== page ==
Frog in a bog
This precious little guy (pictured above) is a Baw Baw frog (Philoria frosti).
Living only on the Baw Baw Plateau in Victoria’s high country, the species calls the region’s alpine sphagnum bogs home.
It’s an incredibly unique ecosystem, with just the right conditions for this equally unique species.
From reproduction through to young adulthood, the Baw Baw frog starts its life beneath the surface.
“The males set up call sites in a burrow that leads to underground chambers reliant on underground water,” explains Zoos Victoria threatened species biologist, Deon Gilbert. “From there they bring the females in. Here, all of the breeding, egg-laying, egg and larval development, and then the metamorphosis into tiny frogs happens.
“This is one of the most fascinating things to me with Baw Baw frogs – that they’re entire life history happens underground.”
If you want to know anything about Baw Baw frogs, Deon is the person to ask. He has spent more than a decade studying the critically endangered species and immersing himself in its world.
“I spend a significant proportion of my time up there at Baw Baw, in the forest, I feel like a Baw Baw frog half the time!” he says jokingly.
Not only is the Baw Baw frog endemic to the Baw Baw Plateau, it’s also the only amphibian species endemic to Victoria.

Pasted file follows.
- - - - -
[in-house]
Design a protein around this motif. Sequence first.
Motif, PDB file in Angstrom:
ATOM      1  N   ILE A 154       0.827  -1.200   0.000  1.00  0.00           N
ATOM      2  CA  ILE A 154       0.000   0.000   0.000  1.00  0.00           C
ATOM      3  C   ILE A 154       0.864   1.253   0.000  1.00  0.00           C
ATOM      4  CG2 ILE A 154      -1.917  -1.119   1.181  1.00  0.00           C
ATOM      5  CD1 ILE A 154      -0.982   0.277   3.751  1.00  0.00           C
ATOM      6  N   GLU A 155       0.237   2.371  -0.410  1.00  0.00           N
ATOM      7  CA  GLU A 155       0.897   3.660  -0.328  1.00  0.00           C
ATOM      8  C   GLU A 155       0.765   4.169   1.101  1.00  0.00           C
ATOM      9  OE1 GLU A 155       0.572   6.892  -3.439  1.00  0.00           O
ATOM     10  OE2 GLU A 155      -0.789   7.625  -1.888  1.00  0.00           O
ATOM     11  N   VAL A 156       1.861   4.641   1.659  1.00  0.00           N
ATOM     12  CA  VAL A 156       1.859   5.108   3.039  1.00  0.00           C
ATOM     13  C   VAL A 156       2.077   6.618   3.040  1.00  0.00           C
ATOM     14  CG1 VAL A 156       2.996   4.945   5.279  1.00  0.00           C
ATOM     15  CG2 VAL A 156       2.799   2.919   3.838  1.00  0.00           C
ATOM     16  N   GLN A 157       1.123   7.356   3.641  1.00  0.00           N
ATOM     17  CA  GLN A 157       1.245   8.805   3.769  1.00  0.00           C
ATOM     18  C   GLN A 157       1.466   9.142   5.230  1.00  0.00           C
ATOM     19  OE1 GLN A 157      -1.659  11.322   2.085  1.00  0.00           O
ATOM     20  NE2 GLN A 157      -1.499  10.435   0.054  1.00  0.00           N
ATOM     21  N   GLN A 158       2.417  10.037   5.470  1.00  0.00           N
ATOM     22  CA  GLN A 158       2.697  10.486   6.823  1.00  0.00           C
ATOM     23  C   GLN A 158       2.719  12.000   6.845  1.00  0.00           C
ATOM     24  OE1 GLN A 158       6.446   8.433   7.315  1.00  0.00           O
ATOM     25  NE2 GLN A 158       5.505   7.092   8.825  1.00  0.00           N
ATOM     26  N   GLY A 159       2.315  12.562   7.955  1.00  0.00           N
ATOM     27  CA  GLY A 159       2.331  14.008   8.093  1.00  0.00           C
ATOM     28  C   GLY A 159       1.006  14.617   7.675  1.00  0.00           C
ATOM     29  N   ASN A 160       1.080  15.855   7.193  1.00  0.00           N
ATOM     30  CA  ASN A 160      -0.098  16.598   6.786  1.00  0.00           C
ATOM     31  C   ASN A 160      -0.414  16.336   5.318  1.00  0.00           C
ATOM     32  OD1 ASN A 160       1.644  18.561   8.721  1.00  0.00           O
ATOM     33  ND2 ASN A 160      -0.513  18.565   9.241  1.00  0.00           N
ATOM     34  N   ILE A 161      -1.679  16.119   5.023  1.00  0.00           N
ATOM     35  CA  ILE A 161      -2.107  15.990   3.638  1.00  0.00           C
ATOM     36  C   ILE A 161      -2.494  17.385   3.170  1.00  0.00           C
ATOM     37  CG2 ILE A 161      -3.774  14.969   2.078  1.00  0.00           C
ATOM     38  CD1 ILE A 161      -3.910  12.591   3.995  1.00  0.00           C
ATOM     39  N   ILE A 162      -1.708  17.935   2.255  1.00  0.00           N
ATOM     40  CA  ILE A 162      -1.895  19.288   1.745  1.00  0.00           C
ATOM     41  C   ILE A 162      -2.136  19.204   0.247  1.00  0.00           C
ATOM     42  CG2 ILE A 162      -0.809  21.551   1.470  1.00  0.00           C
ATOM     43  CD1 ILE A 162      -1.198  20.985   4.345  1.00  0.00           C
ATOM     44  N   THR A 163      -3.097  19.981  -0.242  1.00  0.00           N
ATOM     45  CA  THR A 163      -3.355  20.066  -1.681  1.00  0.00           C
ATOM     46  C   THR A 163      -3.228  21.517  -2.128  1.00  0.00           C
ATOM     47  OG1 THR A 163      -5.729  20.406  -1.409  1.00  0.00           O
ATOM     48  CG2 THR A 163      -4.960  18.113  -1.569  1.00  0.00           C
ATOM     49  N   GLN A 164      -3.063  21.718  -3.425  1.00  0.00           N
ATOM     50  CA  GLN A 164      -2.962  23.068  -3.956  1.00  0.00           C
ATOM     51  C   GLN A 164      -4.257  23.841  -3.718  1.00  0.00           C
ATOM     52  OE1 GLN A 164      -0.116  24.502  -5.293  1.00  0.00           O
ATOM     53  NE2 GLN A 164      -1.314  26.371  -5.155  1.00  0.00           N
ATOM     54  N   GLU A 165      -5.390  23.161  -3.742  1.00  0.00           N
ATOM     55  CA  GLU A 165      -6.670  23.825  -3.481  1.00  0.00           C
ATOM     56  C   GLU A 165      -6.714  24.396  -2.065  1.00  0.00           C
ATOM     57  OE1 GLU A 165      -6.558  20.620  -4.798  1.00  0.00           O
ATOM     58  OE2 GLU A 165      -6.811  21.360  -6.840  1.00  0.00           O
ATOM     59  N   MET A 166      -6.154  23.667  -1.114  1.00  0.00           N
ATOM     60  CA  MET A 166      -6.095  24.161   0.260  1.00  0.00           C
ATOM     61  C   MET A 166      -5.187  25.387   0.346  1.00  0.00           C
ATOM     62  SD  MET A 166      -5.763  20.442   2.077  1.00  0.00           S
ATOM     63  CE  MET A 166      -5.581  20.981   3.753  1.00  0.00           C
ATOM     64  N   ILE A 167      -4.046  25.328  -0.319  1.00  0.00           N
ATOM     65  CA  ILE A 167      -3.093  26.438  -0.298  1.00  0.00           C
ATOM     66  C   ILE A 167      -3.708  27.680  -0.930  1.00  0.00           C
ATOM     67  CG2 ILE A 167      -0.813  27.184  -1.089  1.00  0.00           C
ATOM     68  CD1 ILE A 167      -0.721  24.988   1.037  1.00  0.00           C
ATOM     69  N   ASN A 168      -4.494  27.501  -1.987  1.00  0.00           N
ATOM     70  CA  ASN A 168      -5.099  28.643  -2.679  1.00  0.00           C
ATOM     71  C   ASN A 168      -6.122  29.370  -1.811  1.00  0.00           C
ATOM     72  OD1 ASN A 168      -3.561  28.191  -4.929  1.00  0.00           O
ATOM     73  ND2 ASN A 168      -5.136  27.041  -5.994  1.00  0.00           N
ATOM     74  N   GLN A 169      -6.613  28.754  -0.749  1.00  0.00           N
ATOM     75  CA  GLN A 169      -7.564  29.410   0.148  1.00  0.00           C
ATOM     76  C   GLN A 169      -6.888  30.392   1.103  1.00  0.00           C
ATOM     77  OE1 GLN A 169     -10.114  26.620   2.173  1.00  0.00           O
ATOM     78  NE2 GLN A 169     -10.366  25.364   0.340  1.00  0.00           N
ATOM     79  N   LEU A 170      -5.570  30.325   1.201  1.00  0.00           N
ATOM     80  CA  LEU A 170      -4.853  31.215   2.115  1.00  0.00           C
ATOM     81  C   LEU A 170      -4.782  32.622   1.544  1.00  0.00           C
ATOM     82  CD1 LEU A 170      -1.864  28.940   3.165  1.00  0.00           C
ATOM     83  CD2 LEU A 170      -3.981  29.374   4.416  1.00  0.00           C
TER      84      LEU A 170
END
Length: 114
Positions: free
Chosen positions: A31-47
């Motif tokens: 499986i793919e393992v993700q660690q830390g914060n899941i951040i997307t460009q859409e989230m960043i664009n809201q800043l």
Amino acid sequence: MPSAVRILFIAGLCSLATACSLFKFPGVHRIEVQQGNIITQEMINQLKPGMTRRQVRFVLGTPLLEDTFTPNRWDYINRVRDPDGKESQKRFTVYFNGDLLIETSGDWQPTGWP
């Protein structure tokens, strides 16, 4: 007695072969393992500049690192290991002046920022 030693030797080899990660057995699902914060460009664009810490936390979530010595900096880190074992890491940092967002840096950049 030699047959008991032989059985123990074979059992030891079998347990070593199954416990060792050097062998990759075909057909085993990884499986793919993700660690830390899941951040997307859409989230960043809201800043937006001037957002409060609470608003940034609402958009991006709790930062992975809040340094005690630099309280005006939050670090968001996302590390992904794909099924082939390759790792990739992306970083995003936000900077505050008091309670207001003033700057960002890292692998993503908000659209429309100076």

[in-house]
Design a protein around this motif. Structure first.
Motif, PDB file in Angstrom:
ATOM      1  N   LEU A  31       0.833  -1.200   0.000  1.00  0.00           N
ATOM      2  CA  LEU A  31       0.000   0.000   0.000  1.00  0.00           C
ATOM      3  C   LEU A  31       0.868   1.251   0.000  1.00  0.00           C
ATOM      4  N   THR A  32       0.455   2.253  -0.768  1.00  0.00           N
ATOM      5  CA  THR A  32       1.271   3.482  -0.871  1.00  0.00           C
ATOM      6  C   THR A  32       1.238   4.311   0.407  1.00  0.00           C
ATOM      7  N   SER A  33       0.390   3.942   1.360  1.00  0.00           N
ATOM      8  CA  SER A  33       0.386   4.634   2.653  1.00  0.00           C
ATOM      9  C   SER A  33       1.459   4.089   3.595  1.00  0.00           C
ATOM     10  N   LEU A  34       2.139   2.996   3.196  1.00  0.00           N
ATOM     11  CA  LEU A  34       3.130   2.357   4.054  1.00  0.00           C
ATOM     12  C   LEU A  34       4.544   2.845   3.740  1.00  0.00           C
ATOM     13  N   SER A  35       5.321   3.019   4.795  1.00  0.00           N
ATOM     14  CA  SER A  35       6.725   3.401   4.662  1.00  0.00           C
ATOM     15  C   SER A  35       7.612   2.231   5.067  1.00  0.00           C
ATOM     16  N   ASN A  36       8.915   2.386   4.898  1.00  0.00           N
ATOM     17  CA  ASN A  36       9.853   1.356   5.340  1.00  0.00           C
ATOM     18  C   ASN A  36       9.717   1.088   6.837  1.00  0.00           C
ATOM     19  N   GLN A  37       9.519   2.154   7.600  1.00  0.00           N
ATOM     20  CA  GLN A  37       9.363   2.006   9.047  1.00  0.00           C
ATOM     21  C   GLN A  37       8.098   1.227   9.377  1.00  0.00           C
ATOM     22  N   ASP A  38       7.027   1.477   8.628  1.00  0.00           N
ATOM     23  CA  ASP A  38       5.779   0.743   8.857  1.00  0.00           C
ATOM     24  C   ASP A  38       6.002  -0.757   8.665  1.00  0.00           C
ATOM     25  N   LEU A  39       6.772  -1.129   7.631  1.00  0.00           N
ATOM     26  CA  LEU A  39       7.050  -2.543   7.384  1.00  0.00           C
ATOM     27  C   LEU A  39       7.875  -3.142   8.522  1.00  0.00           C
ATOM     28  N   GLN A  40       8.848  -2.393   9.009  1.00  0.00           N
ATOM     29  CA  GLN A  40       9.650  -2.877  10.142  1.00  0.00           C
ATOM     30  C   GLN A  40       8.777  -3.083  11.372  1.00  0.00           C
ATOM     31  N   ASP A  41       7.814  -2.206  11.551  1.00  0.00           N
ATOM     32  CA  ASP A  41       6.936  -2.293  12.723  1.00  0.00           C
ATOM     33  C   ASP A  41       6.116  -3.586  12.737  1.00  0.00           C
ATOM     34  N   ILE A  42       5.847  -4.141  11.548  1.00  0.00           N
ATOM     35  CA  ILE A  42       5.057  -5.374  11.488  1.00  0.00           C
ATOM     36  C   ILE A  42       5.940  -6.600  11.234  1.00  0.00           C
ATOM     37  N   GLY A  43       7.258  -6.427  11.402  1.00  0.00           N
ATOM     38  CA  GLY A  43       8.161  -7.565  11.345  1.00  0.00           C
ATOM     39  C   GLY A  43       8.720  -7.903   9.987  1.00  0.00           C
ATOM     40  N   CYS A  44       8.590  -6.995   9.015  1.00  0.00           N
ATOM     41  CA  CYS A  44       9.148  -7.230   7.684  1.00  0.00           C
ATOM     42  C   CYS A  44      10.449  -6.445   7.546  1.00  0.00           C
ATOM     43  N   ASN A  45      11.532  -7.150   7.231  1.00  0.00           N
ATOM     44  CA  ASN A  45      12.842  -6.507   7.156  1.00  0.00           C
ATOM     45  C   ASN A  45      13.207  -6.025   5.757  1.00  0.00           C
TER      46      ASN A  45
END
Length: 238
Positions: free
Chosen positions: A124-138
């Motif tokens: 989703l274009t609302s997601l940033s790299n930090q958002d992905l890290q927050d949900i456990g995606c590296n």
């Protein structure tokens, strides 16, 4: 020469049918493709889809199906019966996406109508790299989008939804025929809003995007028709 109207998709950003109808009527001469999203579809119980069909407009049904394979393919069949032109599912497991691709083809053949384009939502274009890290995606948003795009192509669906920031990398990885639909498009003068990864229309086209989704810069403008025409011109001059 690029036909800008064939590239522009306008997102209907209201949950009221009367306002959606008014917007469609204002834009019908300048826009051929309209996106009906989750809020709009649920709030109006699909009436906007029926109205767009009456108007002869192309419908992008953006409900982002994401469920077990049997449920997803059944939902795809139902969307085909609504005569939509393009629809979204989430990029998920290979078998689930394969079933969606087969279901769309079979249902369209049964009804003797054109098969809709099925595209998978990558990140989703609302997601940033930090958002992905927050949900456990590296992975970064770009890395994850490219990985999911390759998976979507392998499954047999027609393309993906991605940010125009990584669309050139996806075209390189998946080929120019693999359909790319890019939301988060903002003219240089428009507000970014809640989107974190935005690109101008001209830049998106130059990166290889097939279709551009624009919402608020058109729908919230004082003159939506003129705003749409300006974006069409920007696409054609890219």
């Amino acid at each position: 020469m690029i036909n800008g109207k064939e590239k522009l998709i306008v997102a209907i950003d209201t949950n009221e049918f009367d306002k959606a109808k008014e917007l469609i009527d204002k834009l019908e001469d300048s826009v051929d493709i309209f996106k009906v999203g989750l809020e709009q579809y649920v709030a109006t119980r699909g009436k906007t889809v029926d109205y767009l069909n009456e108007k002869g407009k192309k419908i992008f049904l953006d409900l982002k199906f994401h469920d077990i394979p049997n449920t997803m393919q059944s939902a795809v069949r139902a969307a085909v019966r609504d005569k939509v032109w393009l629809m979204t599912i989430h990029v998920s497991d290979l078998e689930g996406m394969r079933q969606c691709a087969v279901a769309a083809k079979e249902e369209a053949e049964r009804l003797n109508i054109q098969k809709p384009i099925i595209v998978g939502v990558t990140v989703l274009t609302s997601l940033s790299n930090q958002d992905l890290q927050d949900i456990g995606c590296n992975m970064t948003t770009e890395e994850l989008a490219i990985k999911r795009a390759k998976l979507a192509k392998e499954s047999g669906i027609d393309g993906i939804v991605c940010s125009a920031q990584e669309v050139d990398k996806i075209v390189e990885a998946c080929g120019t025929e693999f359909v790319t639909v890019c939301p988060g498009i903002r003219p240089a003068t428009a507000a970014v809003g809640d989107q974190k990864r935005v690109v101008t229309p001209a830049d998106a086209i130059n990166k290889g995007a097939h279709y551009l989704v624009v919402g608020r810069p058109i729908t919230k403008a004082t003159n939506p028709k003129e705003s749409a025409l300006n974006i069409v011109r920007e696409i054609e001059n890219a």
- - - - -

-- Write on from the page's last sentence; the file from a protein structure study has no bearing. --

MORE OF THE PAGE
This is one of the reasons Zoos Victoria identified the frog as one of its priority Fighting Extinction species in 2010.
“So, in terms of a state-based species its really important to Victoria,” says Deon. “And, additionally, they’d suffered huge population declines which started in the early to mid ’80s when the population declined by about 90 per cent… and that decline just continued.”
This massive hit to the population was due to the spread of chytrid fungus (Batrachochytrium dendrobatidis) – responsible for the decimation of many frogs species throughout Australia, and to which the Baw Baw frog is particularly susceptible.
Before that, the frogs had also lost a lot of their habitat to deforestation due to decades of logging.
“Climate change and changing weather patterns were also drivers, and the introduction of feral pests. So there are a lot of compounding threats but by far the biggest has been chytrid fungus,” explains Deon.
By 2020 there were fewer than 1000 Baw Baw frogs left on the plateau.
“Now, it’s certainly significantly lower than that. We don’t have an exact number because they are very difficult to monitor.
“This will be the first year since the pandemic that we’ll be able to have a full field team… we’ll conduct full population transects across their known range, that’ll give us a bit more of an accurate picture.”
Despite the dwindling wild population, Deon and the Zoos Victoria team have had a string of successes in working to halt the extinction of the frog.
In 2018, Baw Baw frogs were successfully bred in captivity for the first time – no easy feat considering the species spends its whole metamorphosis phase in very specific underground conditions.
“It was a rocky start – they’re a tricky species,” says Deon.